Comeback • Thomas “Hollywood” Henderson

By winning the lottery, the trouble-plagued former linebacker changed his life—again.

What are the odds of winning the Texas lottery? Okay, that’s easy: sixteen million to one, in the fifty-number game. But what are the odds of winning it if your name is Thomas “Hollywood” Henderson? That’s a question of near metaphysical proportions. Depositing a $10.7 million lottery check last March was merely the most recent example of Henderson’s talent for the spectacular comeback, the latest chapter of which began in 1990, when the onetime Dallas Cowboys linebacker returned to Austin’s east side.His football career in ruin but his drug addiction apparently in check, he had come home to give some payback and to get some. First, he got a lease on a long abandoned high school football field where his own sports legend had begun. The lease was provisional, based on Henderson’s ability to restore the facility, a feat that seemed unlikely at the time. Fast-talking, cajoling, and breaking every procedure in the city’s codebook, Henderson managed by 1994 to transform this asphalt jungle into a premier playing field, complete with lights and a scoreboard. Three years later Henderson decided East Austin needed a track facility, and he staged a hunger strike to raise the required $250,000. If Gandhi could do it, Hollywood reasoned, so could he.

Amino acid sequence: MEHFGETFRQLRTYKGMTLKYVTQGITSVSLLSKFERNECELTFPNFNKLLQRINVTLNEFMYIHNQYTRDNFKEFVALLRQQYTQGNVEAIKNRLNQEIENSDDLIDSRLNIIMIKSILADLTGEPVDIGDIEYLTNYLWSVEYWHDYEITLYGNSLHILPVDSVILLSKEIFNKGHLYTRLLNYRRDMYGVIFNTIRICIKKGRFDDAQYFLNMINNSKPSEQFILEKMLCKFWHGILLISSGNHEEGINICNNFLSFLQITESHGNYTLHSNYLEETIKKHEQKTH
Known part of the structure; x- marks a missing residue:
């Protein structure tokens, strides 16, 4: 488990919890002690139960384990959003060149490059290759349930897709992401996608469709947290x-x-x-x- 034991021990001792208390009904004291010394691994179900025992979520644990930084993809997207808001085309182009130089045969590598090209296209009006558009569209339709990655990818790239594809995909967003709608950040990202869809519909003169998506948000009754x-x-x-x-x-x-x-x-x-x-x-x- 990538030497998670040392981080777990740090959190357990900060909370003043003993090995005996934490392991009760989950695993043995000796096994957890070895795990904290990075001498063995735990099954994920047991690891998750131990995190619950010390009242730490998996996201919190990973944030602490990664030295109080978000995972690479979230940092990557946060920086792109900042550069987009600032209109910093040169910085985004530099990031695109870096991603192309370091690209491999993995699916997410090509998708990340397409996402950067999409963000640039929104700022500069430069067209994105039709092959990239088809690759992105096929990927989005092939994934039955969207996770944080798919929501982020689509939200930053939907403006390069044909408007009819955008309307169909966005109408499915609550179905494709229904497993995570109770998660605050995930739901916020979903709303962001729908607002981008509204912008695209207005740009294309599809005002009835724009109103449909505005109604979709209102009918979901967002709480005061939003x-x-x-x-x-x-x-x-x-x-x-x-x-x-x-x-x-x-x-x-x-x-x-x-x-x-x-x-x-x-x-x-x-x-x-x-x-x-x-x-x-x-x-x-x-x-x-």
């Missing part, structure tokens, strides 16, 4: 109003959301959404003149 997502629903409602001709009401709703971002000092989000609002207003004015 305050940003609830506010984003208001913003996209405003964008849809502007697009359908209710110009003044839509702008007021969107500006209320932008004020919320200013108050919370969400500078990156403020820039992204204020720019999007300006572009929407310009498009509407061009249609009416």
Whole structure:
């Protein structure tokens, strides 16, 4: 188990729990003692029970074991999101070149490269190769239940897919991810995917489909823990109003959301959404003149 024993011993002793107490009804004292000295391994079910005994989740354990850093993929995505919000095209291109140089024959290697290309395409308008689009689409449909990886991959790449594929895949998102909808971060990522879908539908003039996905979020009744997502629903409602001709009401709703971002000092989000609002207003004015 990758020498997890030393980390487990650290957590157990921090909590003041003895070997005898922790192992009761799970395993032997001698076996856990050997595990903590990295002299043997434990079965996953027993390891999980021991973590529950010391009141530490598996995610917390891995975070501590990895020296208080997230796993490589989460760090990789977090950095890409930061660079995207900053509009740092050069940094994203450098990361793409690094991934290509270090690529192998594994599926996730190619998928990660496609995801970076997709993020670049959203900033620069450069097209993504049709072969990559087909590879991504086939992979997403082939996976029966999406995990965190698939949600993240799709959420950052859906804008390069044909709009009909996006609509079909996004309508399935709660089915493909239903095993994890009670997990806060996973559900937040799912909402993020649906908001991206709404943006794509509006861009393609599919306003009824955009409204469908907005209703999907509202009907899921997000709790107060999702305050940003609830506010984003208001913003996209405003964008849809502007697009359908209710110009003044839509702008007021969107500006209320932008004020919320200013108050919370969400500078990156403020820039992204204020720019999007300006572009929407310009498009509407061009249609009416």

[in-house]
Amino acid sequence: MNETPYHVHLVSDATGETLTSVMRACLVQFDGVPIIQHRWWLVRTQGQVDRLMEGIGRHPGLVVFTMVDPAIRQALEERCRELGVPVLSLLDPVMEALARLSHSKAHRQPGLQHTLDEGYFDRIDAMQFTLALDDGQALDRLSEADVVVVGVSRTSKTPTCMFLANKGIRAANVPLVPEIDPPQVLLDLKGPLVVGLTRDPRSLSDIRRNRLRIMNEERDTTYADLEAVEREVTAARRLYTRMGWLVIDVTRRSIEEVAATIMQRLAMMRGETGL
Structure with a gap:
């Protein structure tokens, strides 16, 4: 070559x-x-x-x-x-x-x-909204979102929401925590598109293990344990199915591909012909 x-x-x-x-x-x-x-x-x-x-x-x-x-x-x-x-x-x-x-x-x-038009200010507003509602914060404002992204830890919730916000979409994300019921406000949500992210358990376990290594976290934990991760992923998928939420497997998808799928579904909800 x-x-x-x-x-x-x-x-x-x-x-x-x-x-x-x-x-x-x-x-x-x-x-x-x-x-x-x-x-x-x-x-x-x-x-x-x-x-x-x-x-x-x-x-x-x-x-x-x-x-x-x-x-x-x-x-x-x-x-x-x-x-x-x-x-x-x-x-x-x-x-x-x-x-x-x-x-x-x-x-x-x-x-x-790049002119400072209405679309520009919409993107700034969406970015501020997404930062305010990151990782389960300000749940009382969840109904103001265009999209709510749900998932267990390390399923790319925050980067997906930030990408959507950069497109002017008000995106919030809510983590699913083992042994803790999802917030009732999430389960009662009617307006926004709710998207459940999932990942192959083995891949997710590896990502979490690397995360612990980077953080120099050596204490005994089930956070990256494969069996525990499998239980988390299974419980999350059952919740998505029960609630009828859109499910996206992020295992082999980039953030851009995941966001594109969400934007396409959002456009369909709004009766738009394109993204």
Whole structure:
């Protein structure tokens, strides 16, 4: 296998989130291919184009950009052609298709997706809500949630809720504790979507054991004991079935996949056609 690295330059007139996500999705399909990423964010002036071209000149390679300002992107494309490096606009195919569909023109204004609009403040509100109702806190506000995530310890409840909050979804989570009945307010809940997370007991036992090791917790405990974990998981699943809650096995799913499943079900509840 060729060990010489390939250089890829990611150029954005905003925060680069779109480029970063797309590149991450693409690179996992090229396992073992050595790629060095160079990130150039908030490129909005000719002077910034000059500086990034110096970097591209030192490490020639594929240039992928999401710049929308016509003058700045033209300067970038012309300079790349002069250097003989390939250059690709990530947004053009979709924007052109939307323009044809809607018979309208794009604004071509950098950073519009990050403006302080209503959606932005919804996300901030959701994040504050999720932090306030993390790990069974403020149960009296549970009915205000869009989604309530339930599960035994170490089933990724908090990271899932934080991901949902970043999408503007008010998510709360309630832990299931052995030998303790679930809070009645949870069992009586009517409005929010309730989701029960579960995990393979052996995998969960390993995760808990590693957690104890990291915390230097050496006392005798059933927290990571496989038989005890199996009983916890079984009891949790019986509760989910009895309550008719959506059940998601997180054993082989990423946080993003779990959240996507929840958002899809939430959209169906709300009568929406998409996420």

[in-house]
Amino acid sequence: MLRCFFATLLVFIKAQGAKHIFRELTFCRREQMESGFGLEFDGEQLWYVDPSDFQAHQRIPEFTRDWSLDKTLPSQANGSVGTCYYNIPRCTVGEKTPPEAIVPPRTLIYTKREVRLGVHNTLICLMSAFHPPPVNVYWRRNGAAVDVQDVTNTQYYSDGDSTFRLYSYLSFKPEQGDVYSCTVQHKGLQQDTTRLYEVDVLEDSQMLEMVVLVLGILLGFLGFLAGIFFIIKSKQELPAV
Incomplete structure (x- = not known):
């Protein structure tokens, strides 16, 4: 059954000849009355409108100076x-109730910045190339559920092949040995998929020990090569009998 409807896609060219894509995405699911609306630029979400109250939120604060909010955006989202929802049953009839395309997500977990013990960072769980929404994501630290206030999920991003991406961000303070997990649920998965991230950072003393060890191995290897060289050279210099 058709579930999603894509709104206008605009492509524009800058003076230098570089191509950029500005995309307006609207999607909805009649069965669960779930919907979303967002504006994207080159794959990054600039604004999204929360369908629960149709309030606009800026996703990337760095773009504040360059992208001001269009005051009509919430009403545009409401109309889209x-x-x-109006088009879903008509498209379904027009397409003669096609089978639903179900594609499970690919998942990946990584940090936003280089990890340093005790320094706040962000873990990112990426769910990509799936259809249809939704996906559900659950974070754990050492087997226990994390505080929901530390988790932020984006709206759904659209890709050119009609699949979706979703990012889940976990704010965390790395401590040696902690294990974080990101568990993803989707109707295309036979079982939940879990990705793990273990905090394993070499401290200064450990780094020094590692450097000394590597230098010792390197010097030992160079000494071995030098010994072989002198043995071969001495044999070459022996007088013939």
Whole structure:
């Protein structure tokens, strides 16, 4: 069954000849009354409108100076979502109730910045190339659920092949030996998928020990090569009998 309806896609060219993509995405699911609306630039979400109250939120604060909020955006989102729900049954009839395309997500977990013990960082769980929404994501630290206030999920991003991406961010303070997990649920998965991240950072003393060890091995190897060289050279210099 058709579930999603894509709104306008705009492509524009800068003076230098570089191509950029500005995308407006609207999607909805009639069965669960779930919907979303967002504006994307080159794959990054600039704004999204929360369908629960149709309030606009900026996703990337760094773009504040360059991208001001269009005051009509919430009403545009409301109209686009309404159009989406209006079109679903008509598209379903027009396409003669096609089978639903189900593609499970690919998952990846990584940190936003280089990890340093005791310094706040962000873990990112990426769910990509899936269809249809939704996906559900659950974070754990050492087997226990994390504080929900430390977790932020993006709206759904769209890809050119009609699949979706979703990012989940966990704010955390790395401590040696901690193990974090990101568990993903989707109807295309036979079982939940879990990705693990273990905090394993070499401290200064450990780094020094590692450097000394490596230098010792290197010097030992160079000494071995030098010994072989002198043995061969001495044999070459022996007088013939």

With only a tent, a sleeping bag, some water, cayenne pepper, maple syrup, and lemon juice, Hollywood set up camp among the pimps, crack heads, and broken sidewalks near East Twelfth Street. Austinites who had never ventured east of Interstate 35 were drawn irresistibly. “One woman brought her grandchildren, these two little white girls who were running and playing with no idea that they might get mugged or propositioned or worse,” recalls Henderson, who at age 47 is considerably more portly and weathered than the lithe and handsome athlete who once galloped the playing field. “I’m watching her watching them. Then she walks over and puts a thousand-dollar check in my jug.”

For some African Americans, Henderson’s greatest gift to his old neighborhood isn’t the football field, the track, or his charitable organization, East Side Youth Services and Street Outreach. It was his assistance in

More Texas Monthly

Loading, please wait...